The second stop was in the seaside town of Parga, one of the most charming and picturesque places you can find in continental Greece. Situated in a dreamy natural environment, it features a beautiful bay with small islands and many two-story mansions with colorful facades. On top of a hill, overlooking the bay, lie the ruins of the Venetian Castle, a historic landmark free of charge.
The best beach in Parga is, in my opinion, Piso Krioneri. Despite the fact that it does not have sand, only pebbles, it’s a small secluded beach, with rocky shores and turquoise waters. The area is also perfect for snorkeling, thanks to the rocks and sea life.
My third and final stop (made on the way back) was Kastoria, a town located on the western shore of Lake Orestiada, in a valley surrounded by limestone mountains. I chose this town for a night stay mainly because it has old neighborhoods, narrow streets, grand mansions and Byzantine churches. Now the big question: was it worth the detour? Well, there were only 100 extra kilometers, so I’d say yes, it was.
Guide to Lefkada
Found on the western side of Greece, the Ionian islands are famous for their gorgeous beaches and luxuriant vegetation. Kerkyra, Kefalonia, Zakynthos and Lefkada are the most popular, but there are also few other smaller islands, like Paxi and Ithaca, perfect for relaxation.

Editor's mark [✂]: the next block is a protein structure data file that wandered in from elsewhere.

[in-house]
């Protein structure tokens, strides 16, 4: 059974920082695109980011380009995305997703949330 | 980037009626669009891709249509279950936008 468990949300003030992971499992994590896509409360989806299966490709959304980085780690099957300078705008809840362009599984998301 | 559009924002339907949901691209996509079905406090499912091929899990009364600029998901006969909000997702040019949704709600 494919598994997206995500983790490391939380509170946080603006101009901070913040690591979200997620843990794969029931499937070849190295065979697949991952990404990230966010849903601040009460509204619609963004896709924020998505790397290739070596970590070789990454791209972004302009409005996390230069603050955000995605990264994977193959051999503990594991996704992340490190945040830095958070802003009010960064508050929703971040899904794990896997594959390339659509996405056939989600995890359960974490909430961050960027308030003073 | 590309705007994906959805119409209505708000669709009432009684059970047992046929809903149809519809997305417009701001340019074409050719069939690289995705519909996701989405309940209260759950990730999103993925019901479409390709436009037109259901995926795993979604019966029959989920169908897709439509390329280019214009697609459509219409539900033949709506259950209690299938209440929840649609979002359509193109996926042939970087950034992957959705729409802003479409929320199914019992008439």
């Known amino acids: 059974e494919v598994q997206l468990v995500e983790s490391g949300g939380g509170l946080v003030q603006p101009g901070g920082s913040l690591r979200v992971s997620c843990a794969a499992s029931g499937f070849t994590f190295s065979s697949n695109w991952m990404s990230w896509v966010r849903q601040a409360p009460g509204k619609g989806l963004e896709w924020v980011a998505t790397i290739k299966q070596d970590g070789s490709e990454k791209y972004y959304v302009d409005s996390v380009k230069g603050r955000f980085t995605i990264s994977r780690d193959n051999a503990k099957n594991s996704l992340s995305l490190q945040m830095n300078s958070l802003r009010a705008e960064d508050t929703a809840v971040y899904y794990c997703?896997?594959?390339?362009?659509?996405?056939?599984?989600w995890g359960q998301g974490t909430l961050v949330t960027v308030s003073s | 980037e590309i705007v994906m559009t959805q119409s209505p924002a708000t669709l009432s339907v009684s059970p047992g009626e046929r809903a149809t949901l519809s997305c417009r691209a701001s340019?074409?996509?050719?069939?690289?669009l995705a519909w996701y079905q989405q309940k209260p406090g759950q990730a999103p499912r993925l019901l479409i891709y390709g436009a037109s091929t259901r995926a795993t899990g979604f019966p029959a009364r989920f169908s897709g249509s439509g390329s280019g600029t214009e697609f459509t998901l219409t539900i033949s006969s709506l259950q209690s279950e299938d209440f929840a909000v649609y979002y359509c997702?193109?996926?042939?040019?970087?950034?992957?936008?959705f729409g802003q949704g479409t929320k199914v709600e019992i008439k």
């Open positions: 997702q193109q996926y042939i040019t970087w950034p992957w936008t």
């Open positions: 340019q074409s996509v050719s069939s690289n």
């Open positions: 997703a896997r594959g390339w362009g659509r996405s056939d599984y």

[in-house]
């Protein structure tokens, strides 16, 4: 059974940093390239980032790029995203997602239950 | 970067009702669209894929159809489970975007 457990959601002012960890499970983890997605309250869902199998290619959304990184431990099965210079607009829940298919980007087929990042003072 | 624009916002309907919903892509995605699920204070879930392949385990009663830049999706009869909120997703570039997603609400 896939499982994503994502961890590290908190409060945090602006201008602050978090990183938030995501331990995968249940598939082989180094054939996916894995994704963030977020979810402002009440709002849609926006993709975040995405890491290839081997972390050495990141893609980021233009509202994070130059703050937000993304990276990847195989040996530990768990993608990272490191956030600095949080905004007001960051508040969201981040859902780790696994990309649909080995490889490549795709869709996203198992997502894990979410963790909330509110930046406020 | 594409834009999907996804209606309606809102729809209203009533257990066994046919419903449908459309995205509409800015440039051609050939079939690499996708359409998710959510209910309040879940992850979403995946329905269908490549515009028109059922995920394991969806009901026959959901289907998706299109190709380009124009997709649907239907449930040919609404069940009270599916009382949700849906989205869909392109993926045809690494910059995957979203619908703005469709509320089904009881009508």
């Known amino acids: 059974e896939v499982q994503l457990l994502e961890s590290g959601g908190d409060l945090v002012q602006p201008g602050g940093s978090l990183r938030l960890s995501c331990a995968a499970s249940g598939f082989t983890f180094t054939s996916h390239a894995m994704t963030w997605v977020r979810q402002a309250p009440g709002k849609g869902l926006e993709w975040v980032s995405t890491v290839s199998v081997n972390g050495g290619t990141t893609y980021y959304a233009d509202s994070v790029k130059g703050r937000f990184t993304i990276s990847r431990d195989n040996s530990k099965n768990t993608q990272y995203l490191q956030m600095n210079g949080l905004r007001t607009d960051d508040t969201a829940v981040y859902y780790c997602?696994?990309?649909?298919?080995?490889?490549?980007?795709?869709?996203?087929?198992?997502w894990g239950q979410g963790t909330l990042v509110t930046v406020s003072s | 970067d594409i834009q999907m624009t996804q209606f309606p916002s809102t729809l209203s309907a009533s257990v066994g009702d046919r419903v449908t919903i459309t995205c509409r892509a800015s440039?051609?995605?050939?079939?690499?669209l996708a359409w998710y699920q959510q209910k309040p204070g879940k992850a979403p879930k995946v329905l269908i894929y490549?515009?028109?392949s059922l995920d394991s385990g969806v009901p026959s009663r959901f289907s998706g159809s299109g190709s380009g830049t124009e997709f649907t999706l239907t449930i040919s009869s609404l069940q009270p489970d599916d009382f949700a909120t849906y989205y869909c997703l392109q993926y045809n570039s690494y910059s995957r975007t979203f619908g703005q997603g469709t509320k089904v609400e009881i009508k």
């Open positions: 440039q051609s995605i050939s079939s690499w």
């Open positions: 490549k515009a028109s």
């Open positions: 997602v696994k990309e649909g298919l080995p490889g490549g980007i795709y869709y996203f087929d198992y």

As mentioned at the beginning, Lefkada is the only island that can be reached directly by car, via a causeway and a floating bridge. It’s definitely a popular destination for Romanians, since probably half of the cars I’ve seen on the roads or in the parking lots had Romanian plates. Without exaggeration.
I am not going to bore you this time with historical facts or landmarks information, because I came to Lefkada with one sole purpose in mind: enjoy its beaches. So instead I will classify and divide these into three categories:
→ On the west coast there are the spectacular beaches, with white small pebbles or sand and crystal clear waters. Most of these are pretty long, with large cliffs and are relatively easily accessible by car or by scooter. From north to south, here are the three beaches I visited: Kathisma, Egremni and Porto Katsiki. All these are very well-known, with millions of social media photos and videos. It’s worth mentioning that all are free of charge.
→ On the south coast there are smaller beaches with clear water too, but the access roads are pretty bad, to say the least. Agiofili is one of the largest, but to get there you’ll have to follow a gravel road with a lot of potholes for a few kilometers and pay a €7 fee, because you need to pass through a private area to get to the beach. That’s crazy, if you ask me, so I skipped it. Ammoussa and Afteli are two similar pebbles beaches, pretty packed with tourists. It’s hard to find a spot, if you arrive later than 10 am.
→ On the east coast there are long beaches, with both pebbles and sand, but not as spectacular as the ones mentioned above. I only visited the beach in Nydri, which was surprisingly quiet for such a town. Too bad that the sea here was not translucent, but on the other hand the sunset was mesmerizing.
Greece has been again extremely welcoming, starting with the people and continuing with the beaches, the chill atmosphere and the delicious food. I am happy that I finally managed to experience much of what Northern Greece has to offer. Now, I am just hoping that I’ll come back soon, for other marvelous islands.
Ta léme sýntoma, Hellas!